The RSC budget also endorsed Hern’s HERCULES Act. Among its proposals, the bill would limit federal employees to filing a workplace grievance with only one of the following authorities — the MSPB, the Federal Labor Relations Authority, the Office of Special Counsel or the Equal Employment Opportunity Commission.

Lawmakers are also supporting two bills from former Rep. Jody Hice (R-Ga.) that would eliminate federal employees’ use of official time, and would require the Office of Personnel Management to report to Congress on all agency personnel conducting union duties at work.

Republicans are also targeting federal employee pay and benefits, claiming that federal employees are paid 17% more than their private-sector counterparts, when benefits are included.

Biden administration leaders reached a different conclusion last December, and determined that federal workers earned 24.09% less in wages alone than non-federal colleagues — a larger gap than what was reported the prior year.

The RSC budget committee said it supports legislation that would eliminate “automatic raises for federal employees,” and that any raise received by federal employees should be merit-based. The report estimates this would save taxpayers $57 billion over the next decade.

Biden is proposing a 5.2% pay raise for federal employees in fiscal 2024.

Republican lawmakers are also looking to scale back the scope of bonuses that federal executives receive, and ensure that agencies only award bonuses when employees meet the standard for “exceeds fully successful” in their performance evaluations.

The RSC also proposes rolling back federal paid leave policies “to match the value of benefits paid by the private sector.” Lawmakers estimate this would save $75 billion over 10 years.

Proposed cuts to federal health care, retirement benefits

The RSC budget proposal also seeks to rein in federal employees’ health care and retirement benefits.

The RSC budget report states federal employees’ current compensation framework “largely ignores the more efficient compensation approach used in the private sector.”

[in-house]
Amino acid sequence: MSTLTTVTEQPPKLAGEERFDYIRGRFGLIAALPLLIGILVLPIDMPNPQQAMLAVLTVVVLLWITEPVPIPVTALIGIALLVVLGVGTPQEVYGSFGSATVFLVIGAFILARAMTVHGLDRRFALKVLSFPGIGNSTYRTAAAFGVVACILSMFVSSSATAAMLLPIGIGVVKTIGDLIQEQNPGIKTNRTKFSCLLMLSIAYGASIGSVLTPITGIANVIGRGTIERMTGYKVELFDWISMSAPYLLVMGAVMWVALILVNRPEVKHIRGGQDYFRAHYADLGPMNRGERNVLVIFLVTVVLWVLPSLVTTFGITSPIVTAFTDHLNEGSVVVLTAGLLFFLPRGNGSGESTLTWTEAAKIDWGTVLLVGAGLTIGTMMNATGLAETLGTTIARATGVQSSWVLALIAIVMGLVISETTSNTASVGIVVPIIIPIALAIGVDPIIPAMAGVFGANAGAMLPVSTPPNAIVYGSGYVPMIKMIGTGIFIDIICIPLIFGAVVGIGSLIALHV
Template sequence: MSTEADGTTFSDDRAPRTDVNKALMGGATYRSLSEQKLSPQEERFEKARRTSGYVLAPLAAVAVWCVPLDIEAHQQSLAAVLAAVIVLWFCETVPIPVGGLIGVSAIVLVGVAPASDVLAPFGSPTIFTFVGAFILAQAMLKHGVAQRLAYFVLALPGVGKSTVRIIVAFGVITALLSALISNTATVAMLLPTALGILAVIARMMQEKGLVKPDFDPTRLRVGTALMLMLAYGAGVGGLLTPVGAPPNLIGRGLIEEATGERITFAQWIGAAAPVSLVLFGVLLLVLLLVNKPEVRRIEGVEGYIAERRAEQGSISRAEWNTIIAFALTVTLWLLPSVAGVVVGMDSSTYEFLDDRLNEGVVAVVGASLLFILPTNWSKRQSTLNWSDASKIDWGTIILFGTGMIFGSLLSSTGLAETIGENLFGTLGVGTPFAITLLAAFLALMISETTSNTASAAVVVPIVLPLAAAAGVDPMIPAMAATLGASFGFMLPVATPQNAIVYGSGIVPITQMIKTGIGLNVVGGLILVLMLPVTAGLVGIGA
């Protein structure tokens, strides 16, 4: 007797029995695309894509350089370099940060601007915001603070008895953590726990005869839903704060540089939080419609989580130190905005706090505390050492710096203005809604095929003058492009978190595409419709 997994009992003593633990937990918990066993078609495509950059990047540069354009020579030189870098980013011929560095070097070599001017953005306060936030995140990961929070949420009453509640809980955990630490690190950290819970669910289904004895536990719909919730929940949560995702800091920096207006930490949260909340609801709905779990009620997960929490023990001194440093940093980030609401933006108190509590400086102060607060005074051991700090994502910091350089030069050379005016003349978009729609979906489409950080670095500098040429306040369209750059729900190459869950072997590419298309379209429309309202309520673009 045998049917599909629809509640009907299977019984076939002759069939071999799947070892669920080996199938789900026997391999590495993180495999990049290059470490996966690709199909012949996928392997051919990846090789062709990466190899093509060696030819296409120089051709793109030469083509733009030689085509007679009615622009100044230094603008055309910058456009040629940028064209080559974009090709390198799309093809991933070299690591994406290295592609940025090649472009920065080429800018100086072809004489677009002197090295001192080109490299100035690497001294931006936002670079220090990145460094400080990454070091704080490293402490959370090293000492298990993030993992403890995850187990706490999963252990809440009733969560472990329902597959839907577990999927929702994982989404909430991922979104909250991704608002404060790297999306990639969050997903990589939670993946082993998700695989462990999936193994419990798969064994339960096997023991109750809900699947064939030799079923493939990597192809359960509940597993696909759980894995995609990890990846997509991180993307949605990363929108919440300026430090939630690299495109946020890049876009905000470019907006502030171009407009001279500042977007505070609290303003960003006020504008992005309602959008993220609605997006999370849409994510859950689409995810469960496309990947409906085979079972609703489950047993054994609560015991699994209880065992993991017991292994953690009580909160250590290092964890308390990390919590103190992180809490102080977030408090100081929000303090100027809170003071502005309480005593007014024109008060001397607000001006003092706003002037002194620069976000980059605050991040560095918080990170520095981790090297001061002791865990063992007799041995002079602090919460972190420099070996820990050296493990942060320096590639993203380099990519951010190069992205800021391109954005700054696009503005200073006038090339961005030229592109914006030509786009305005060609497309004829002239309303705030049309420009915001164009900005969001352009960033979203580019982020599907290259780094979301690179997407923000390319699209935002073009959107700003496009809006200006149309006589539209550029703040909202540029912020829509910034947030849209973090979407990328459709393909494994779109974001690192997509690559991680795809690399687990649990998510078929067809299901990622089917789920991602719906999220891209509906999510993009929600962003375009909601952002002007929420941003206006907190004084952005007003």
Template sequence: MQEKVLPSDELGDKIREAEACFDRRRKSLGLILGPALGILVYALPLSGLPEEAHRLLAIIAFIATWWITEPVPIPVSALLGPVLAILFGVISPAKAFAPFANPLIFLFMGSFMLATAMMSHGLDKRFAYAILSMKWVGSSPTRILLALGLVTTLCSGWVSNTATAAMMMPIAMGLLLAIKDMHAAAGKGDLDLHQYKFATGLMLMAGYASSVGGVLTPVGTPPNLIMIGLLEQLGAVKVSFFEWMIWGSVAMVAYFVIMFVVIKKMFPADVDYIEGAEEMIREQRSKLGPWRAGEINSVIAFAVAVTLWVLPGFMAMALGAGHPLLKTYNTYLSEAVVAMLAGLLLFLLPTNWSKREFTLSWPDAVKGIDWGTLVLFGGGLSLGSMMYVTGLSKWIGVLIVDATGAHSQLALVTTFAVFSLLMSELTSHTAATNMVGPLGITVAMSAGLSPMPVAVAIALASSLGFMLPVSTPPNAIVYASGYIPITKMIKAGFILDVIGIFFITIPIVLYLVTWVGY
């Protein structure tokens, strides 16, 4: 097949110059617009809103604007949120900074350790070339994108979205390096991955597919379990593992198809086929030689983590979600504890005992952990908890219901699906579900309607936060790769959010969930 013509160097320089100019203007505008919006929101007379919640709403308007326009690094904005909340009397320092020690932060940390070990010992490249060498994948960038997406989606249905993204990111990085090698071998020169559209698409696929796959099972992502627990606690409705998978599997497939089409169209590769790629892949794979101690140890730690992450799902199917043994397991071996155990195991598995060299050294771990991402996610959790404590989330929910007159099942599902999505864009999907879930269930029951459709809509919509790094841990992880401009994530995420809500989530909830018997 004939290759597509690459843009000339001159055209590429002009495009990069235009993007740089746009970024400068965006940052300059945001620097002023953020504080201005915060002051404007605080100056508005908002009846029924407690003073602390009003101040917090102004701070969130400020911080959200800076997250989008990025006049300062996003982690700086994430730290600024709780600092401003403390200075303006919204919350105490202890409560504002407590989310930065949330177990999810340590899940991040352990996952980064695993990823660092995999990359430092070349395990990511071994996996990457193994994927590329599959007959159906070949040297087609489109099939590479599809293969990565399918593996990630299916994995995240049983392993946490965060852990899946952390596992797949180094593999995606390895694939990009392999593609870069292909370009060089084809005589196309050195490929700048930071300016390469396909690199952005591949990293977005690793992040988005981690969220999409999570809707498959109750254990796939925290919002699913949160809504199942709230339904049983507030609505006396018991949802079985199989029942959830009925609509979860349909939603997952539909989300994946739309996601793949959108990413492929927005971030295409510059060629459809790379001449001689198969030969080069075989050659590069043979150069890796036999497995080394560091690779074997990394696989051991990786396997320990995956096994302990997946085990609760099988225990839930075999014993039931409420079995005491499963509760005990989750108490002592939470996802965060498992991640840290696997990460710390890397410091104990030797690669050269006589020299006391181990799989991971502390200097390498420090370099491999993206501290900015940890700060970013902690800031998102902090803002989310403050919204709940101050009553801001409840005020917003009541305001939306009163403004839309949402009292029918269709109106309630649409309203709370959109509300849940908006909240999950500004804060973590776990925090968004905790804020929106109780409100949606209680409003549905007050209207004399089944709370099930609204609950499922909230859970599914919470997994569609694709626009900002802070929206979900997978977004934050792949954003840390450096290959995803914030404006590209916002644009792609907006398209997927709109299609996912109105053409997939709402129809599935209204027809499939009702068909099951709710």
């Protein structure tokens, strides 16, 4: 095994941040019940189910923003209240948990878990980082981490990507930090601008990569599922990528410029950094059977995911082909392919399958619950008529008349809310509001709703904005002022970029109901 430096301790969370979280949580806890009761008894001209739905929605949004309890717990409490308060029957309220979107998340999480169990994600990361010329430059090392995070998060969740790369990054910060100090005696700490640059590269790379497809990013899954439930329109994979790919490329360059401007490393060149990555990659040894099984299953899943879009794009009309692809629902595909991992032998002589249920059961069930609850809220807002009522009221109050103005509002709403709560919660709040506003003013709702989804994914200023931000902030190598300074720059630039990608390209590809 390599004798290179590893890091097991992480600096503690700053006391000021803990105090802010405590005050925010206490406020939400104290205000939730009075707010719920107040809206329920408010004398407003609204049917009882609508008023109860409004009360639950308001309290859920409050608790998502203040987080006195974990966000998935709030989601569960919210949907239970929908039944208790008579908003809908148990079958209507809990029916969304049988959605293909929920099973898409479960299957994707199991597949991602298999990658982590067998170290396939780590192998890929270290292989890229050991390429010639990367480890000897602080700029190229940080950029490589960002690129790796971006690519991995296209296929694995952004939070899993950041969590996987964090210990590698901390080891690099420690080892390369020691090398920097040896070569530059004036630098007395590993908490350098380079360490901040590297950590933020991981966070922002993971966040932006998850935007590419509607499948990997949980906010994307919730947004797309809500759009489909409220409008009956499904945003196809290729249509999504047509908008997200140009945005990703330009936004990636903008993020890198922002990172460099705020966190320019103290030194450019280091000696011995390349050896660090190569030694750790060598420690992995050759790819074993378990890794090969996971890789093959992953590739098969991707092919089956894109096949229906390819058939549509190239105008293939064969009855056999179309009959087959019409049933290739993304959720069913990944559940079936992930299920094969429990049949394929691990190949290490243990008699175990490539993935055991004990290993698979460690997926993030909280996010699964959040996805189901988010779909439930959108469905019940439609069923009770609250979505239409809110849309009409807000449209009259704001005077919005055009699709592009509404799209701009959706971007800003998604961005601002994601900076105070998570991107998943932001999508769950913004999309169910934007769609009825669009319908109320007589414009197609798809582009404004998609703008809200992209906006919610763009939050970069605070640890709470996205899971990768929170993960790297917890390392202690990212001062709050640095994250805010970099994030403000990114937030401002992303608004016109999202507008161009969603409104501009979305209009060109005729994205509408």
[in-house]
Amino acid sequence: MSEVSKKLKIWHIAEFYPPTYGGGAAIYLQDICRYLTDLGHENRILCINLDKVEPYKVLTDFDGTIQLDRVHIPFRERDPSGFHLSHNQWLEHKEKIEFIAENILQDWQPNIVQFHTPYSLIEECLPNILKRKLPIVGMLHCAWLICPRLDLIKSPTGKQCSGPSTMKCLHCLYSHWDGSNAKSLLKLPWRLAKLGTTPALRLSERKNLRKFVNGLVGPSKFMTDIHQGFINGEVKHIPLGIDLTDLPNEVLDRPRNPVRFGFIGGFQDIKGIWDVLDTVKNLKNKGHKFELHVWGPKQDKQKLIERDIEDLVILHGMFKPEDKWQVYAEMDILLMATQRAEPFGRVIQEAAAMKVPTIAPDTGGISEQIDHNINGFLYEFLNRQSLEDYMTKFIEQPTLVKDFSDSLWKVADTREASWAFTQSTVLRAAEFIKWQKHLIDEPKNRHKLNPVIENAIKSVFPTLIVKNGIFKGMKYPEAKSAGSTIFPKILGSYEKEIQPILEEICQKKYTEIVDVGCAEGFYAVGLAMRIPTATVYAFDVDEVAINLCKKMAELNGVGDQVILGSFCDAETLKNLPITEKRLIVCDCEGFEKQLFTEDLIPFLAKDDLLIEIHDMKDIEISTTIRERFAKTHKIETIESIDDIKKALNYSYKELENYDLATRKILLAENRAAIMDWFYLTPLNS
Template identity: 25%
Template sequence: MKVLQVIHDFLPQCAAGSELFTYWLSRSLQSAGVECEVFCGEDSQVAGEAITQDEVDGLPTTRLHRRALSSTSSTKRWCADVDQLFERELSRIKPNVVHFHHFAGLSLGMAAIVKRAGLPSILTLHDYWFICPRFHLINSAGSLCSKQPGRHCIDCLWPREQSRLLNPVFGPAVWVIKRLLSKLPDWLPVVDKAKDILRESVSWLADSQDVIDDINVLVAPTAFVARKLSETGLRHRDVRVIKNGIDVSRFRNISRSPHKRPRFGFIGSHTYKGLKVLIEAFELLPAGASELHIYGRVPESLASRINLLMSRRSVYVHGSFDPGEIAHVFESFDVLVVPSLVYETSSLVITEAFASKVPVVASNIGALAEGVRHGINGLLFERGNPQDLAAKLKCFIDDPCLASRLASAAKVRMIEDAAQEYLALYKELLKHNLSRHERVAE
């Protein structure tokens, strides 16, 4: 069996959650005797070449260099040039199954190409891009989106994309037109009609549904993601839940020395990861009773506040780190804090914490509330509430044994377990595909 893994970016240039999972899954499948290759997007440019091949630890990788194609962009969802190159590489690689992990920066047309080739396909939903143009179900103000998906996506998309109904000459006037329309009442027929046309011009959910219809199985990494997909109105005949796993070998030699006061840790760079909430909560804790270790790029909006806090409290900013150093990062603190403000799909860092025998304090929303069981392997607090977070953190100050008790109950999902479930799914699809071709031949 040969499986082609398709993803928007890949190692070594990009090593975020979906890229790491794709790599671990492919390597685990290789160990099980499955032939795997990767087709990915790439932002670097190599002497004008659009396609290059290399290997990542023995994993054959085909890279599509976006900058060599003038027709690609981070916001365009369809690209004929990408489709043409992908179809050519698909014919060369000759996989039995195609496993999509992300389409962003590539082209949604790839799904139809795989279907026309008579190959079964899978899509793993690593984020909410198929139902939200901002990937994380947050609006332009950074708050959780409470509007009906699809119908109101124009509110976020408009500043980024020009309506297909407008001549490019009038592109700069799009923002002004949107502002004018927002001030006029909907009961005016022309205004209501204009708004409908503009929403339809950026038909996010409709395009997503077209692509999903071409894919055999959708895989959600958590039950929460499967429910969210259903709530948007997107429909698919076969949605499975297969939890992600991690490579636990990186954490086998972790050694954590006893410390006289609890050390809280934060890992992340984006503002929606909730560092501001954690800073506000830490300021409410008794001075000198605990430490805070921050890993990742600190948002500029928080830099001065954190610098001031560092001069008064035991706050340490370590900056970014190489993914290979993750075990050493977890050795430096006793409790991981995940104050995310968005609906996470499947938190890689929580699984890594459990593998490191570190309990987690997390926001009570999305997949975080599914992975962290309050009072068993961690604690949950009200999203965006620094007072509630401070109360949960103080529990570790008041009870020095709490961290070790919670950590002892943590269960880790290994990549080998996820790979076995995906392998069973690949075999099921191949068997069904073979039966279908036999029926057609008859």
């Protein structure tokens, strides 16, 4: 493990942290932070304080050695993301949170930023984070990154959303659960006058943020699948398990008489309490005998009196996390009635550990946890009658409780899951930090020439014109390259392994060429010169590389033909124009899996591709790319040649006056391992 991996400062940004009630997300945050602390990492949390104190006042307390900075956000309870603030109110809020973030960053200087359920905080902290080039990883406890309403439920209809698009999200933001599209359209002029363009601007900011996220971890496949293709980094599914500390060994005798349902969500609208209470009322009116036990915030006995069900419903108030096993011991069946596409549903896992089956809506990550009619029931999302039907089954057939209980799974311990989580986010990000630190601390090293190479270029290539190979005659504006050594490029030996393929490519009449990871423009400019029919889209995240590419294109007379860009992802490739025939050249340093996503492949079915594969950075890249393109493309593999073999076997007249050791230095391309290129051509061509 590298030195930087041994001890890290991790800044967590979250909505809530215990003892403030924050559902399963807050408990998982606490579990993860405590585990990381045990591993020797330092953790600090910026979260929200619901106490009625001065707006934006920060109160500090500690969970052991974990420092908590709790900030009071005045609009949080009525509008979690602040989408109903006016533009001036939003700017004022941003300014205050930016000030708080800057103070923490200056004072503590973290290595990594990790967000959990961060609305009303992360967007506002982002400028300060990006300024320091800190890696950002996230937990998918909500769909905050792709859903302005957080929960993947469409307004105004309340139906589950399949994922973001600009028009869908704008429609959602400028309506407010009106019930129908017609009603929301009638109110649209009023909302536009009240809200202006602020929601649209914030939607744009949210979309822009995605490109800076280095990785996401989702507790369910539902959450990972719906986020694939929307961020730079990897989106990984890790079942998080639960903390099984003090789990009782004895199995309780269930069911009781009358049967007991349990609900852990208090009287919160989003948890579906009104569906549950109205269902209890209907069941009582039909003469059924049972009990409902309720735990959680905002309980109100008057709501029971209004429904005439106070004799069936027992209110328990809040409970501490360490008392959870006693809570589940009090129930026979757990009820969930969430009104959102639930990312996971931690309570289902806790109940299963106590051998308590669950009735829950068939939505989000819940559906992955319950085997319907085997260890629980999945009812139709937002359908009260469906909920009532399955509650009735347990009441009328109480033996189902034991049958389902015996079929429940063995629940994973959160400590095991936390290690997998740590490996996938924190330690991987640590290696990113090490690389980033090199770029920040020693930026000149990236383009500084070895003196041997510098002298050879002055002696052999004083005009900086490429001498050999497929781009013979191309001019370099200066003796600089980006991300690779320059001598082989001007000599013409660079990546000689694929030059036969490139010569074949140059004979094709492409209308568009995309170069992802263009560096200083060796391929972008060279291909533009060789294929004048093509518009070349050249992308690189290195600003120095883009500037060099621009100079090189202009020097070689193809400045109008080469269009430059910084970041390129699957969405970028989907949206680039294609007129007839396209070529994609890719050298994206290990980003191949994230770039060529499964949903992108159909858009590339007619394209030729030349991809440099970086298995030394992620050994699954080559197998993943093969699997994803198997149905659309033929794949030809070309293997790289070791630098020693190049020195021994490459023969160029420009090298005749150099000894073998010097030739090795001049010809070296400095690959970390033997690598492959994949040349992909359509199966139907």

“Congress should reform the federal pay scale to attract and reward high skilled, highly productive federal workers, and stop overpaying less qualified employees,” the document states.

The RSC budget proposes basing a federal retiree’s benefits based on the highest five years of their earnings — instead of the current calculation of the highest three years — and reducing or eliminating cost of living adjustments for retirees under both the Federal Employees Retirement System (FERS) and the Civil Service Retirement System (CSRS).

The RSC document also proposes barring new federal employees from enrolling in the defined benefit pension system under FERS. Instead, lawmakers proposed new federal employees saving up for retirement entirely through the Thrift Savings Plan.

Lawmakers are also calling on federal employees to contribute more to their own health insurance coverage under the Federal Employees Health Benefits (FEHB) program.

The RSC plan proposes the federal government pay a flat rate as their contribution to federal employees’ health insurance coverage, leaving employees to cover the difference if they opt for a more expensive health plan.

“This option would encourage employees to purchase plans with the appropriate amount of coverage that fits their needs. The government should also reduce its contributions to federal workers’ premiums to align with the private sector more closely,” the plan states.

The RSC budget plan would also bar new federal employees from receiving health coverage from FEHB once they’ve retired.